U.S. stocks ended another choppy session slightly higher on Wednesday after the Federal Reserve’s meeting minutes showed none of the 19 top central bank officials think it will be appropriate to cut interest rates this year, while economic data suggested economic growth was slowing. How stock indexes traded
The Dow Jones Industrial Average
gained 133.40 points, or 0.4%, to finish at 33,269.77, though it wavered between gains and losses after the release of minutes from December’s Fed meeting.
The S&P 500
added 28.83 points, or 0.7%, to end at 3,852.97.
The Nasdaq Composite
climbed 71.78 points, or 0.7%, ending at 10,458.76.
On Tuesday, stocks ended lower to kick off 2023 after suffering their worst yearly performance since 2008.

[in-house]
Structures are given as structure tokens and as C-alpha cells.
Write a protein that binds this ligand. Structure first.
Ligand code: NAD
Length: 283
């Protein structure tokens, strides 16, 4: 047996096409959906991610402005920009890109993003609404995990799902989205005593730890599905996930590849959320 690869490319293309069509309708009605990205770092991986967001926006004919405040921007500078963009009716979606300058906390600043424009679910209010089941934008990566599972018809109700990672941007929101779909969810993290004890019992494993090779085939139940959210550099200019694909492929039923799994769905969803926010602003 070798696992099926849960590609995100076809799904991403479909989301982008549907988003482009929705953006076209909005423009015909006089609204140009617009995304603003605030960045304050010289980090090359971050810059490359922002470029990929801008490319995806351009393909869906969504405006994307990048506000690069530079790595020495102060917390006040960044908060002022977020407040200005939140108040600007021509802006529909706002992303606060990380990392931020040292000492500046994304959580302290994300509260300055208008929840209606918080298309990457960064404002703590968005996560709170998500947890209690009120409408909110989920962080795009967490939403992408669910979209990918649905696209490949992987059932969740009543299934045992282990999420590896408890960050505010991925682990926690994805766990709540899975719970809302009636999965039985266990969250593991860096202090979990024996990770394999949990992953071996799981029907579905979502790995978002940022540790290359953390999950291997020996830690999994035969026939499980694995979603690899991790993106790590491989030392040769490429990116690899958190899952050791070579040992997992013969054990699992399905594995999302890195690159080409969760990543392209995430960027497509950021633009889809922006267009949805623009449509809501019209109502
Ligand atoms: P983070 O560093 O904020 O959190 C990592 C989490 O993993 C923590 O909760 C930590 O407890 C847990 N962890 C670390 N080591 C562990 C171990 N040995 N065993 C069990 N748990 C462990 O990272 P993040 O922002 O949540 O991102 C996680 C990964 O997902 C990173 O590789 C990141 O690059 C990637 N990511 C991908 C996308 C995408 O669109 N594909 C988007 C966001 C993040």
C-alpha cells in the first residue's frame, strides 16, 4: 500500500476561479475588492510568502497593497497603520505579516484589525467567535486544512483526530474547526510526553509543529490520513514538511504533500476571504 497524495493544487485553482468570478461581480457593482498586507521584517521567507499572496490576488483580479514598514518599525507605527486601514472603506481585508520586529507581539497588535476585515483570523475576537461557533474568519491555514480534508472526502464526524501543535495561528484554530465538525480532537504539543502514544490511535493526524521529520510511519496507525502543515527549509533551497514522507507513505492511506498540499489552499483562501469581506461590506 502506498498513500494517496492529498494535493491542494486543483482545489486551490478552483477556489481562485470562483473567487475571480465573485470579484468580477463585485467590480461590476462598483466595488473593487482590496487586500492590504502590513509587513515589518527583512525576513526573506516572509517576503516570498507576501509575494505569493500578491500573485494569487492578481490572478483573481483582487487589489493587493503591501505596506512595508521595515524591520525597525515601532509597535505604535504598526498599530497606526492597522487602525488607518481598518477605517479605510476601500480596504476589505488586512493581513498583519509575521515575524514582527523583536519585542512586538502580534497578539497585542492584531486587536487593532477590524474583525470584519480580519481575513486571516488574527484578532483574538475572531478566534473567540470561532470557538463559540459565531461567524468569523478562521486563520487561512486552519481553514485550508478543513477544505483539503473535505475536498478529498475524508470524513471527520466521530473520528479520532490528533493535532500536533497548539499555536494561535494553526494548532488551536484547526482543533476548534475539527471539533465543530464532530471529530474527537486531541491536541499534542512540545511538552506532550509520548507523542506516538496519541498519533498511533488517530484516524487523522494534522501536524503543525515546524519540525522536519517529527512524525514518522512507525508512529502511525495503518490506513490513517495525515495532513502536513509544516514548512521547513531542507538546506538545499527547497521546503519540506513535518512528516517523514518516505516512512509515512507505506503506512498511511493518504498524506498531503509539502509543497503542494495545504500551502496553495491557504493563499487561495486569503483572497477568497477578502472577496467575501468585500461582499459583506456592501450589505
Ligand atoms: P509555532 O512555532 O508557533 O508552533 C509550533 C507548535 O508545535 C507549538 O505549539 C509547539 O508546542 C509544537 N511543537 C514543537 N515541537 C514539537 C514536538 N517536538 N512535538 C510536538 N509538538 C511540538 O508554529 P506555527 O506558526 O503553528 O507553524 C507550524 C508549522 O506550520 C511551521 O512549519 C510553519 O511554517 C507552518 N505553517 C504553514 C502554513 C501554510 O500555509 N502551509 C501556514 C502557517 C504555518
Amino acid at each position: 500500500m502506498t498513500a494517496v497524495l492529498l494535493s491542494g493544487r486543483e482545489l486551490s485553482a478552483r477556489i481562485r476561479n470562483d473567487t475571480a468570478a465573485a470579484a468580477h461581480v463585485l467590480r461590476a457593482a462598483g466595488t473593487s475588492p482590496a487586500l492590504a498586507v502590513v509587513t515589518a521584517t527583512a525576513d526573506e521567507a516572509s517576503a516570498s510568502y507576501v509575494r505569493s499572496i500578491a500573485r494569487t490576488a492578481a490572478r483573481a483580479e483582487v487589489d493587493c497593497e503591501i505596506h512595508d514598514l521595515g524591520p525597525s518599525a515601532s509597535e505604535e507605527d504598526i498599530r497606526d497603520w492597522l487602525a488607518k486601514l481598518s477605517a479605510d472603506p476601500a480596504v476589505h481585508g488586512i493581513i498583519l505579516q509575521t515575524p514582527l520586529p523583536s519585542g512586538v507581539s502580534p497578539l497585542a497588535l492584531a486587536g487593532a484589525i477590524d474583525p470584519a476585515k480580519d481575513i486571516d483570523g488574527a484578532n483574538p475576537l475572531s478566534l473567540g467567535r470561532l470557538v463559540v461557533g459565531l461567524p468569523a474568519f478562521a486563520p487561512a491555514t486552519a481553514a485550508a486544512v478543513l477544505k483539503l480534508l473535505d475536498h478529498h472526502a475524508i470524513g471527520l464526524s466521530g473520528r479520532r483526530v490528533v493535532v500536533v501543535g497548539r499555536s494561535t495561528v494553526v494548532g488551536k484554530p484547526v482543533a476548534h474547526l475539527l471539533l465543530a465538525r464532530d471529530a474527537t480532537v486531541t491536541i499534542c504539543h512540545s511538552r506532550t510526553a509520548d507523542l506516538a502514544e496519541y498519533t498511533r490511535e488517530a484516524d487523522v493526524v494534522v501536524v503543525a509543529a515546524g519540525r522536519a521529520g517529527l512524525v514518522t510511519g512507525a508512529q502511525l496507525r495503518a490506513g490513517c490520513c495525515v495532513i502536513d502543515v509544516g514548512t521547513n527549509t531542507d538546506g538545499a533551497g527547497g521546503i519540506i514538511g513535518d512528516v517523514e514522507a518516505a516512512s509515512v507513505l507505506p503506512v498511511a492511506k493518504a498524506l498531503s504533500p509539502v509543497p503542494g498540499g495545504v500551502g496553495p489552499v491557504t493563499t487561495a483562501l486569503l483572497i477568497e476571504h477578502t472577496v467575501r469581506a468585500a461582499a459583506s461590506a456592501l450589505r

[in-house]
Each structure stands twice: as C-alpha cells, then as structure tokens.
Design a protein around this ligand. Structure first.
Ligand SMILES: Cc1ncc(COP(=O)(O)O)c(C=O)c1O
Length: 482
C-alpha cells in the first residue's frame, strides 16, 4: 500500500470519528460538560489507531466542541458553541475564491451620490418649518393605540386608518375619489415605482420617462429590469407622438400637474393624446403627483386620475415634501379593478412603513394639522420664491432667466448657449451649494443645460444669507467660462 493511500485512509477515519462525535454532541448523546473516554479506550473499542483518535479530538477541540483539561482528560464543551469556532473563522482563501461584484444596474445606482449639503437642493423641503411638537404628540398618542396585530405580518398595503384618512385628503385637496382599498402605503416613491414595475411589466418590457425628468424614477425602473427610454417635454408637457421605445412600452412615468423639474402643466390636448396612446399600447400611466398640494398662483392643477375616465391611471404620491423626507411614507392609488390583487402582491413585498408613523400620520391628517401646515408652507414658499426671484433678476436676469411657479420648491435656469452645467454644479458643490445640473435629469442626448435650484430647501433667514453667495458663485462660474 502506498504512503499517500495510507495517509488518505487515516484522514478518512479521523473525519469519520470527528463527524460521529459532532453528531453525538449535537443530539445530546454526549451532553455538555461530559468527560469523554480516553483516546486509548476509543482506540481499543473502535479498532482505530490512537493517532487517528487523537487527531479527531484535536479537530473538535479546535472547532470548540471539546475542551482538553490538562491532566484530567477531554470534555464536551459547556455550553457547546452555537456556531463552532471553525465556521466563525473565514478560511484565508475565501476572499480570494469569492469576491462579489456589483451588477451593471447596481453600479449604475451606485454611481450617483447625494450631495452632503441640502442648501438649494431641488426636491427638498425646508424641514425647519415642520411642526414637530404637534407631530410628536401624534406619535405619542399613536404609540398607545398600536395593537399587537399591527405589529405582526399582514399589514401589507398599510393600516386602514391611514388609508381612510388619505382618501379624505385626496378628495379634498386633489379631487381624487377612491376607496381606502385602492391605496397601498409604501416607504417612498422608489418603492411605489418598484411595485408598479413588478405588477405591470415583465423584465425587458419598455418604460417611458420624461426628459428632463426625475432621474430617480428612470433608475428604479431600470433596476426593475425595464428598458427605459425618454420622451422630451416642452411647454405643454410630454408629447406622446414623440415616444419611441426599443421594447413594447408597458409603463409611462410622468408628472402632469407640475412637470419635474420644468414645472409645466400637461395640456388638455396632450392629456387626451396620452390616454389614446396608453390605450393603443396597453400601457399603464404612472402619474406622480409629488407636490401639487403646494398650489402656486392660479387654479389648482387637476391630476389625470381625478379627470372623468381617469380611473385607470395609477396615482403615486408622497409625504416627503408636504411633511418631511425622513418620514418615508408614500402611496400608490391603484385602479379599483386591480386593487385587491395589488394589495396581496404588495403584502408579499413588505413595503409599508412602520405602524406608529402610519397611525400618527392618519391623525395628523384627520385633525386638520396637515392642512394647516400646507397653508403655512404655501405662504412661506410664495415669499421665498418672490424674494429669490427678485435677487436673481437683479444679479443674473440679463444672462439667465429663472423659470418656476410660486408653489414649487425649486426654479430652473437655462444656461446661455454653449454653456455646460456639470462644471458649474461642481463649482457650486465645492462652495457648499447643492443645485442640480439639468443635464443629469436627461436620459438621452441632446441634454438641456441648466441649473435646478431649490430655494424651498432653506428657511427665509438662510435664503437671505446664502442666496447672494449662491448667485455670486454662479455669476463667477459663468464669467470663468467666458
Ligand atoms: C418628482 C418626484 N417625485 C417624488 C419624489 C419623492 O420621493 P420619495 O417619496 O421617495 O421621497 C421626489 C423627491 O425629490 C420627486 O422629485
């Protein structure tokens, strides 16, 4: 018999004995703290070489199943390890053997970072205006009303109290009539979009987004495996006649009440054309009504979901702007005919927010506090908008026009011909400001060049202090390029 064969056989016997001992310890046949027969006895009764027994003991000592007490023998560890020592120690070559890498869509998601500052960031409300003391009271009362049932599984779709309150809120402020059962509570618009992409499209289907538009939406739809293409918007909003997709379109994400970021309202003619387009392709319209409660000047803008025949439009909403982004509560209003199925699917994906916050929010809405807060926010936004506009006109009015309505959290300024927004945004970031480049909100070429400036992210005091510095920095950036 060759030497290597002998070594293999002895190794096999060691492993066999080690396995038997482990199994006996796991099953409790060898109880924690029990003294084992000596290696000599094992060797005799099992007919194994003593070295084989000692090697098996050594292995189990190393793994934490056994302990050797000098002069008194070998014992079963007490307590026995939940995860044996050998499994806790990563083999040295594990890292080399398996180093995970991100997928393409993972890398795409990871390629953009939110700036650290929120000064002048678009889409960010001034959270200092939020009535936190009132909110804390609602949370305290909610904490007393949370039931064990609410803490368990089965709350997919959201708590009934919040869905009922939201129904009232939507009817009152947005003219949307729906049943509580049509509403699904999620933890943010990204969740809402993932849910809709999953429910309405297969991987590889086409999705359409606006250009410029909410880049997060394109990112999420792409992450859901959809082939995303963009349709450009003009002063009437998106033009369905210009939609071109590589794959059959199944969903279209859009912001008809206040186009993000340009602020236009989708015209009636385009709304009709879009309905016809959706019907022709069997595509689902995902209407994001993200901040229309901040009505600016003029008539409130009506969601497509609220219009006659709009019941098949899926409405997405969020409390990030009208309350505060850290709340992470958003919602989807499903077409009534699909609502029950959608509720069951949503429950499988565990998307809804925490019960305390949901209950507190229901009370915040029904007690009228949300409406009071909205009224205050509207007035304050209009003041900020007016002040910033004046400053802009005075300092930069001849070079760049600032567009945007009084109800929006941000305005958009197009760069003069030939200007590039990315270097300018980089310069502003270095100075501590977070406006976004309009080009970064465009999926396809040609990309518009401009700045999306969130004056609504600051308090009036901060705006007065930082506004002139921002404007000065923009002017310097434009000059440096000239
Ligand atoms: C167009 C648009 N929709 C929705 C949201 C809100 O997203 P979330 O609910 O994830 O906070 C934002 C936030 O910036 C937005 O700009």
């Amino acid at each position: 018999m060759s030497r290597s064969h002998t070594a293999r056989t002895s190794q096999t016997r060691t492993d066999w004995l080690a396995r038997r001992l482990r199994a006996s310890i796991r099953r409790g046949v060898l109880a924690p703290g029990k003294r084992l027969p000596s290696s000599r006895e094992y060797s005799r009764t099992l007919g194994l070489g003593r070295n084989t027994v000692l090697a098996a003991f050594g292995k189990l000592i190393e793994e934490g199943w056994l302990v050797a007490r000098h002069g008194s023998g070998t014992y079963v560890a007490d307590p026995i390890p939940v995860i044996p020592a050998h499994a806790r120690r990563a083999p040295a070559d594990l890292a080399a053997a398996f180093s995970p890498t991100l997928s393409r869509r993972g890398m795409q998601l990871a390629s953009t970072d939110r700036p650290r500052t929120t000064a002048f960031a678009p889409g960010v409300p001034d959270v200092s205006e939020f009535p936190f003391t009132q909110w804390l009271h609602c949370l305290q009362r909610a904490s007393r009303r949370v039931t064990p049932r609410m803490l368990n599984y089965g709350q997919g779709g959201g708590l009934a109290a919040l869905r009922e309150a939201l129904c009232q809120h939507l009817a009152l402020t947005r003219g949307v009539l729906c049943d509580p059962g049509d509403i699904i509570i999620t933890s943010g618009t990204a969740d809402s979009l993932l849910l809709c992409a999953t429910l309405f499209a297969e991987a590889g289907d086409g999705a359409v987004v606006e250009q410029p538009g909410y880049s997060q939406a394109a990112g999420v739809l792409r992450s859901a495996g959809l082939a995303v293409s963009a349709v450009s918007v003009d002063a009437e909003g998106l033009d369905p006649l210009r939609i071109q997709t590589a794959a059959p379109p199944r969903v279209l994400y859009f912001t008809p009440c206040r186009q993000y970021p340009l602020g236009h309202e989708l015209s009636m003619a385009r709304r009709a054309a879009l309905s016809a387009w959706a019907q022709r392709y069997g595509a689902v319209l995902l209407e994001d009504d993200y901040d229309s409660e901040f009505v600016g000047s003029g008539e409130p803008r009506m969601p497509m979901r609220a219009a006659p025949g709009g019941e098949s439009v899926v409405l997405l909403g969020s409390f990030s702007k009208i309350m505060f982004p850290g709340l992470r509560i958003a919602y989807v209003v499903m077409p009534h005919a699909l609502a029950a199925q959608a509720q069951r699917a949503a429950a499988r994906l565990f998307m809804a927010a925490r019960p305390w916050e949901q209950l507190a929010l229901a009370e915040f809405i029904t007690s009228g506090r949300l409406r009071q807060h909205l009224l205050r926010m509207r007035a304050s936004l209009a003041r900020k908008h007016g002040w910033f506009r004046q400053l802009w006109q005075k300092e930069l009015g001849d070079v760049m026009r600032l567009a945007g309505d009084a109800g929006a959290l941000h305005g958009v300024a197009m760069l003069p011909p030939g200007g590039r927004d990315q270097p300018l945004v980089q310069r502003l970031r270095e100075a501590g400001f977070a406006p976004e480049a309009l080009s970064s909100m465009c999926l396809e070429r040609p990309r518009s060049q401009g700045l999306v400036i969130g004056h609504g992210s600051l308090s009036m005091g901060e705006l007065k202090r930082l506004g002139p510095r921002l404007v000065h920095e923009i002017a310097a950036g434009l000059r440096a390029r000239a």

What drove markets All three benchmark indexes snapped two days of losses, but not before briefly slipping into the red after the Federal Reserve released the minutes from its Dec. 13-14 meeting, which showed none of the policymakers expect any interest rate cuts in 2023, as they awaited more evidence that inflation was on a sustained downward path. Fed officials also said that if markets start to ease financial conditions, especially if driven by a misperception of how the Fed was responding to the data that “would complicate” the FOMC’s effort to restore price stability. “It appears that officials remain hawkish and are especially concerned about the tight labor market,” said Nigel Green, CEO of asset management firm, deVere Group. “With the labor market not cooling as fast, there seems to be a considerable turnaround in tone from the more dovish minutes in November. These minutes dash yet more hopes for an economic soft landing.” Traders currently price in a 70.7% likelihood of a 25 basis point hike to the Fed funds target rate at its next policy meeting, which concludes February 1, according to CME’s FedWatch tool. “Fed funds futures interpreted the minutes as more hawkish than those from the November meeting, nudging their estimate of the terminal fed funds rate higher to 5%,” wrote Ryan Sweet, chief US economist at Oxford Economics, in emailed comments. “Unlike the Fed, financial markets anticipate the Fed cutting interest rates later this year.” See: 2022 was the ‘biggest outlier year’ in markets history as stocks and bonds both plunged, Deutsche Bank say …